Viewing Star Formation from a New Angle

Astronomers have long suffered from the challenge of studying a 3D universe through its 2D projection on our sky. But as technology has improved, astronomers are making use of richer data spanning more dimensions. Why shouldn’t the way we view their work span new dimensions, too?

Two new studies of star forming clouds have expanded into the 3D universe — and now you can explore their results in 3D, too.

Taurus molecular cloud

The Taurus molecular cloud (shown here as observed at millimeter wavelengths by the APEX telescope) is a well-known star-forming region. But what does its structure look like in three dimensions? [ESO]

3D Maps of Molecular Clouds

Stars are born within dense clouds of molecular gas — so to better understand star formation, we need to study how molecular clouds form and evolve. But while we can view projections of the molecular clouds that are in our local environment, understanding their full 3D layout is a trickier prospect.

New observatories and innovative computational and statistical techniques are key for translating 2D data into 3D. By combining precise distance measurements to nearby stars — made possible by the incredible precision of missions like Gaia — with measurements of extinction caused by dust between us and the stars, we can build detailed 3D pictures of how this dust is distributed around us.

In a new publication led by Catherine Zucker (Center for Astrophysics | Harvard & Smithsonian), a team of scientists has now used these dust maps to analyze the 3D spatial structure and thicknesses of nearby star forming regions for the first time. By by working in three dimensions, Zucker and collaborators are able to map out the full volume structure of the molecular clouds that lie within 1,300 light-years of us.

A Surprise Bubble Between Perseus and Taurus

Two panels show two different views of modeled data representing the perseus and taurus molecular clouds: a "front" view from earth, and a "side" view.

When viewed from Earth (top panel), the Taurus (blue) and Perseus (red) molecular clouds look like they’re right next to each other. But when viewed from the side, it becomes evident that these clouds lie on opposite sides of a spherical void (bottom panel). You can explore this yourself with the interactive figure and AR integration available in the article. [Adapted from Bialy et al. 2021]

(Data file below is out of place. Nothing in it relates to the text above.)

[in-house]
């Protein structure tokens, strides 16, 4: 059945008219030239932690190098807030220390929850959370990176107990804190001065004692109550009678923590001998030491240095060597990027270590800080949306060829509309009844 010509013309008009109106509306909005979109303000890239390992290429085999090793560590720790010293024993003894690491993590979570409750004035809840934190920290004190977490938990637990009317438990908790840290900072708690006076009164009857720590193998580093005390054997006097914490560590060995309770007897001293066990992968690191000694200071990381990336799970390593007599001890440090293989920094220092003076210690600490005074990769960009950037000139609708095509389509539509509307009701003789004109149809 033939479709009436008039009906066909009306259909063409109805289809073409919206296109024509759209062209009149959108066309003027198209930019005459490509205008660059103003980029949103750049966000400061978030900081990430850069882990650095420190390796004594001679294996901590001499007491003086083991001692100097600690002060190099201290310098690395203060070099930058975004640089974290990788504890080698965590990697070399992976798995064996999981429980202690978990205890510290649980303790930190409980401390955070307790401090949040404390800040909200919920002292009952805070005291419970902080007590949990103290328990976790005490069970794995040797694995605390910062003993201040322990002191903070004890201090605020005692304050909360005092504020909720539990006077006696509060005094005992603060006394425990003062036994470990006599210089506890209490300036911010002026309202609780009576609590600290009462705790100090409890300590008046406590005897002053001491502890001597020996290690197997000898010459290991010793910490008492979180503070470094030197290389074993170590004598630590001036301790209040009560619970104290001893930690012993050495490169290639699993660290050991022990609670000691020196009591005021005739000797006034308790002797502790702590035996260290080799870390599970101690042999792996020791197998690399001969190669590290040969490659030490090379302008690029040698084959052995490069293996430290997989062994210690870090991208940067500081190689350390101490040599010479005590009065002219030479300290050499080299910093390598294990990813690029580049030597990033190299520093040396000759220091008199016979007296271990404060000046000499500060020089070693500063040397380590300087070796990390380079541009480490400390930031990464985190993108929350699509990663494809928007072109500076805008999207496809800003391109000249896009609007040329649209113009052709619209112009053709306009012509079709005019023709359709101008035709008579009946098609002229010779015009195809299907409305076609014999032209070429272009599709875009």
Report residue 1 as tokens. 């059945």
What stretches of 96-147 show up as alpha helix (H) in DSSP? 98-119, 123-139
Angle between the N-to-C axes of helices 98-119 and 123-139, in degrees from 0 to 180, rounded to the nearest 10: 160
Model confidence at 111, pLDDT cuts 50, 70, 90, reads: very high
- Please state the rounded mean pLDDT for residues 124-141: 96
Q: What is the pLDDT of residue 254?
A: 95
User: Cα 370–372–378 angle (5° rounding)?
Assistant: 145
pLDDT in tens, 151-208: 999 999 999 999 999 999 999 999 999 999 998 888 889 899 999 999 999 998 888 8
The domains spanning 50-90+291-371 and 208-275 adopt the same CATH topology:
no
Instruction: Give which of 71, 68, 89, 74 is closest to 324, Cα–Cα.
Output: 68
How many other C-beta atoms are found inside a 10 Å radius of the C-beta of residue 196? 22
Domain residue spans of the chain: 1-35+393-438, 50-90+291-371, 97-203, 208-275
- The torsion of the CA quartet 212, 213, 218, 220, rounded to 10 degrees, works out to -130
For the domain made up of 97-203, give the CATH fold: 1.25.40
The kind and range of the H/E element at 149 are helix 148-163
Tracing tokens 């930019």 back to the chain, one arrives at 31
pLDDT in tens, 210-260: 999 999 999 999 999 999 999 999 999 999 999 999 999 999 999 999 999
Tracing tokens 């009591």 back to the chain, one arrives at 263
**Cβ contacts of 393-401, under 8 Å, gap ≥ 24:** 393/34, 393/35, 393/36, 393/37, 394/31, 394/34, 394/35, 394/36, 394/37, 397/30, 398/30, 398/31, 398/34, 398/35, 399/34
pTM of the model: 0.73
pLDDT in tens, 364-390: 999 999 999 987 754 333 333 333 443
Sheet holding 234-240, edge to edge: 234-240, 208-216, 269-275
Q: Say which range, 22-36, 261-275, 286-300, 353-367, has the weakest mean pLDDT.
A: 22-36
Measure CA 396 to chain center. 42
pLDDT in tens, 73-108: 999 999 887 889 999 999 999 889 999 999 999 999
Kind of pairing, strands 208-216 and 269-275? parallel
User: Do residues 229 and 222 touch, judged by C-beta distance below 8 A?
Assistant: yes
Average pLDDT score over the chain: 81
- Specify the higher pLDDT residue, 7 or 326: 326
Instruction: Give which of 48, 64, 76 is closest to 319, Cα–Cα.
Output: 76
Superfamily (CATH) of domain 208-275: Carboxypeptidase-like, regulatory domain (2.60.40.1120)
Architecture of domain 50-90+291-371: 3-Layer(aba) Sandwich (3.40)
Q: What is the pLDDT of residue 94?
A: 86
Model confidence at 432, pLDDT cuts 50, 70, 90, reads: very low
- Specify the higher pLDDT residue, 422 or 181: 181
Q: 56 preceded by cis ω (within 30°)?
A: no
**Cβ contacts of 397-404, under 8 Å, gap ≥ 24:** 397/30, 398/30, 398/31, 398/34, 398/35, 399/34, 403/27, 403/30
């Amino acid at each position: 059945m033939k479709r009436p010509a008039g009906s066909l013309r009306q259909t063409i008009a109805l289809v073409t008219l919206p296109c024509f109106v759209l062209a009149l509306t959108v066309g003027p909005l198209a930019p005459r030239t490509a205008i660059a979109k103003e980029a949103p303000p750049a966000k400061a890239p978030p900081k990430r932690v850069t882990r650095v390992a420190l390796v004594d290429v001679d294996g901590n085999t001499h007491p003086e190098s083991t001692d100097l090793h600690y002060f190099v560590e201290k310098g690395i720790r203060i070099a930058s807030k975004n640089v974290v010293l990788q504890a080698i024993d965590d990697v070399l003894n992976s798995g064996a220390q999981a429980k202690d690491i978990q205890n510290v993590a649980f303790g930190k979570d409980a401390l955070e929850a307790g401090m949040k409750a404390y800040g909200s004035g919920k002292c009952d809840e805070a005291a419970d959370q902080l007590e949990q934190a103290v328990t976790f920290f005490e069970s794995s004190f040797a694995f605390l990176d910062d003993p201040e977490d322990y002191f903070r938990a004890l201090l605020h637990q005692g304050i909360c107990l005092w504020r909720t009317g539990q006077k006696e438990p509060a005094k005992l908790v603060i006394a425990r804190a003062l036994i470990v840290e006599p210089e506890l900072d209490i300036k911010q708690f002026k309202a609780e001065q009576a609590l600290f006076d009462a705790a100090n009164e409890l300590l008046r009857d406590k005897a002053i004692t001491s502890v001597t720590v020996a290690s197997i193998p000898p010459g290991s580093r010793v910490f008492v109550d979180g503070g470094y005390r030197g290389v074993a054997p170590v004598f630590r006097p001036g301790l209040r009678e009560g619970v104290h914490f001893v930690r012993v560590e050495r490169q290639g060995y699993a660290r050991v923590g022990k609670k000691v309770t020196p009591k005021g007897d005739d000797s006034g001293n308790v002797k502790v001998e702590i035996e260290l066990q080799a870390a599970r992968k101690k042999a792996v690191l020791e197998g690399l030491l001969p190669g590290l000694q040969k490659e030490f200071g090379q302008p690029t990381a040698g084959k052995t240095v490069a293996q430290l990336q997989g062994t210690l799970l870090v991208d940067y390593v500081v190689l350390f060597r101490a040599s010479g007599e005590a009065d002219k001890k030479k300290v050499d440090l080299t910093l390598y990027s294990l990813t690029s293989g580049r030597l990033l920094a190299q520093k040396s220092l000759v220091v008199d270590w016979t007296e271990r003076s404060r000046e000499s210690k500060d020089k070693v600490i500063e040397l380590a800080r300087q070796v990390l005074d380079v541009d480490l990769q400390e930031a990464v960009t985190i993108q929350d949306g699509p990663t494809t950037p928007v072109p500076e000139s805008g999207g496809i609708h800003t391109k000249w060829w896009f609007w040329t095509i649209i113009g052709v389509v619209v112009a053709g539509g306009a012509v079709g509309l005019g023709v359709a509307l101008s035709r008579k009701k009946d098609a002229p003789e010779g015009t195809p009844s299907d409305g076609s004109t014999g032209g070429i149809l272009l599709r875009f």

This analysis adds a new dimension (literally) to our view of the nearby birthplaces of stars — but what can we learn from it? In a partner publication led by Shmuel Bialy (also at the Center for Astrophysics), researchers analyzed the 3D structure of two well-known nearby molecular clouds — Perseus and Taurus — that had previously only been studied in projection.

By mapping out the clouds in 3D, Bialy and collaborators discovered that while Perseus and Taurus appear to touch each other in the plane of our sky, Taurus is actually nearly 500 light-years closer to us than Perseus. Exploring the clouds in 3D, it becomes evident that they actually form opposite sides of a bubble-like spherical void.

The authors show that these clouds likely formed as the result of a shockwave sent out by one or several supernovae that exploded at the center of the void roughly 10 million years ago. Thus, the Perseus and Taurus molecular clouds — birthplaces of future stars — are the direct result of previous stellar death.

Data Visualization of the Future

These studies demonstrate the value of being able to work in three dimensions to map out structures in our universe. But can we, as readers, still only find out about this research via flat, 2D scientific papers?

Not so! AAS journals have long supported other ways of presenting data in online journal articles, including via videos and interactive figures. The recent works by Zucker, Bialy, and collaborators include interactive figures as a means of exploring the authors’ data, but they also introduce a new option: Bialy et al. 2021 is the first AAS journal article to include augmented reality (AR) integration.

Want to project the data on your living room floor, and walk around it to view it from different angles? That’s an option — all you have to do is use your smartphone to scan in the QR code that’s in the article. Want to hold star formation in the palm of your hand? You can do that too, via integration with new technology like Merge Cube.

Check out the video below to learn more about these studies and how you can interact with the data. And expect to keep seeing new rich, interactive visualizations over here at AAS journals, as our authors keep pushing analysis and presentation of scientific data into the future.


“On the Three-Dimensional Structure of Local Molecular Clouds,” Catherine Zucker et al 2021 ApJ 919 35. doi:10.3847/1538-4357/ac1f96

“The Per-Tau Shell: A Giant Star-Forming Spherical Shell Revealed by 3D Dust Observations,” Shmuel Bialy et al 2021 ApJL 919 L5. doi:10.3847/2041-8213/ac1f95